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What is CNS in Scuba Diving?

Breathing oxygen at a partial pressure greater than 1.6 ATA exposes you to a toxic reaction that affects the lungs and the central nervous system (CNS).

The likelihood of CNS diving toxicity increases with oxygen partial pressure, exposure time, exercise, cold, anxiety, increasing carbon dioxide levels in the blood, and steroid therapy.

Precursor Symptom of CNS Oxygen Toxicity

In general, divers who breathe normal air from a scuba cylinder (21% oxygen content) will be avoiding the major risks of CNS in diving.

But, there is an increased risk of getting oxygen toxicity when (either):

Oxygen toxicity signs and symptoms vary in severity. But, grand mal convulsions are the first precursor of CNS oxygen toxicity.

Pro Tip: Recompression treatment with oxygen for decompression illness symptoms or carbon monoxide toxicity occasionally results in a toxic reaction.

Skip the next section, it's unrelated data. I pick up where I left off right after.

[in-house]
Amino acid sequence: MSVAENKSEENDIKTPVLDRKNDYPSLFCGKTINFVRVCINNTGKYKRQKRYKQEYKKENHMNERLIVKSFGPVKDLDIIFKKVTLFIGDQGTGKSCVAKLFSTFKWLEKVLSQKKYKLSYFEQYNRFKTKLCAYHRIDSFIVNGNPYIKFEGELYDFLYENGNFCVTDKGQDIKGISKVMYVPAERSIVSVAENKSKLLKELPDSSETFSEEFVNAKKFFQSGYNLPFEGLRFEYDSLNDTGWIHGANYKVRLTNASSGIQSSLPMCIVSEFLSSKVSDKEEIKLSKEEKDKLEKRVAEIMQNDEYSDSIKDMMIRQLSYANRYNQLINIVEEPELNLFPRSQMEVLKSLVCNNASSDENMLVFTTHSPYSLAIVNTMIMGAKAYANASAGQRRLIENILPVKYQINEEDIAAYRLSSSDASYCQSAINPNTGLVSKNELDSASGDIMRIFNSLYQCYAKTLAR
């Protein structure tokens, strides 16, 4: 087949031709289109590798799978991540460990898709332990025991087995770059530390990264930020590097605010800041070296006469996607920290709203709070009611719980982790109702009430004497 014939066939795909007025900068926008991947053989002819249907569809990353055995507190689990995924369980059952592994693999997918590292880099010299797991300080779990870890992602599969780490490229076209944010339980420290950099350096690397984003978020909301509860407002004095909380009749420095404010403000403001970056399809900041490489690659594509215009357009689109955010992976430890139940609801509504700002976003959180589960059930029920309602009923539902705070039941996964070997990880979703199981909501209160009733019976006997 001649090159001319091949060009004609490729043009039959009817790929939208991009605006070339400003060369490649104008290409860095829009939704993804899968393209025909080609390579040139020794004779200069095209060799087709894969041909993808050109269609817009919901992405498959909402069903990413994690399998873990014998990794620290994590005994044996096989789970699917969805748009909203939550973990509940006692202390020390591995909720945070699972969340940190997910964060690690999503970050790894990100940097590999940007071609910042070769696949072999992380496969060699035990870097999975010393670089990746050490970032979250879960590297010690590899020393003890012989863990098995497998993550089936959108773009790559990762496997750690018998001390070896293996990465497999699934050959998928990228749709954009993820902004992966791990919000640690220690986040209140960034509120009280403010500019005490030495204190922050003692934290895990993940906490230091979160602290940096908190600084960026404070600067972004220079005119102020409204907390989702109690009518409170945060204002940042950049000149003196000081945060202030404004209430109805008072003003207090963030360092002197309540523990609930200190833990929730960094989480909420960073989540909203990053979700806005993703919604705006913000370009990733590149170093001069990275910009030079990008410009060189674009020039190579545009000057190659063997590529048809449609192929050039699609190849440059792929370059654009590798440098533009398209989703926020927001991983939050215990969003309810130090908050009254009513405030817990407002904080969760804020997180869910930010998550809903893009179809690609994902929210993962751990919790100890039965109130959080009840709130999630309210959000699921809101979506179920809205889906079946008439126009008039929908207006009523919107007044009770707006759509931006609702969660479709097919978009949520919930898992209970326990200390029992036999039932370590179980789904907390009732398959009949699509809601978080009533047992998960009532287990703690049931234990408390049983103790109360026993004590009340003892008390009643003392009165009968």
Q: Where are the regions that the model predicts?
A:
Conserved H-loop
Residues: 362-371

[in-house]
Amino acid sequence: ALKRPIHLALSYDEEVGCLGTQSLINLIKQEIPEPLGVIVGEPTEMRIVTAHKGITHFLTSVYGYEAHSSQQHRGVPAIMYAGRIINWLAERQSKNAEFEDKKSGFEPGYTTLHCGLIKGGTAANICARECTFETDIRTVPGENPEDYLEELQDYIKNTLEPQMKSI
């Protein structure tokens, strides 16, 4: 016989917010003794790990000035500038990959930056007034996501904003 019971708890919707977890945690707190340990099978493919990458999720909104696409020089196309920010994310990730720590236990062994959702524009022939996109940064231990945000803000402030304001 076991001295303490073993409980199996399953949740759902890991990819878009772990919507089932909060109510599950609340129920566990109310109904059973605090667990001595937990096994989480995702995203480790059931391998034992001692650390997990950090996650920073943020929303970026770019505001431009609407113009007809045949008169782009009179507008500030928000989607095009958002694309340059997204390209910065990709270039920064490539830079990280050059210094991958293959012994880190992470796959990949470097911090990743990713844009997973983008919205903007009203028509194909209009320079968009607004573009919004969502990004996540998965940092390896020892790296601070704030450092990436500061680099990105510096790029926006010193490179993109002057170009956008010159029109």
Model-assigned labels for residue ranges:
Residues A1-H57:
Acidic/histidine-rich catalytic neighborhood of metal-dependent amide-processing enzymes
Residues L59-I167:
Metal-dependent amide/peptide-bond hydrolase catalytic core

Oxygen Toxicity Symptoms

CNS toxicity symptoms may first occur underwater or shortly after surfacing. The diver may be suffering any or all of the following manifestations:

Oxygen Toxicity Treatment

Special Considerations for Pulmonary Oxygen Toxicity

In most cases, pulmonary oxygen toxicity results from breathing 100% oxygen for an extended period at elevated partial pressures. Typical symptoms include:

Hence, it does not generally threaten air-breathing recreational divers, unless the diver requires recompression. If so, the oxygen level is reduced and monitored. However, divers breathing enriched air and technical divers need to monitor their use of high oxygen mixtures.

Related Information and Help Guides

Important: The tutorial video [16:21 seconds] presented by DAN explains how gas toxicities and pressure affect the human body during a dive.

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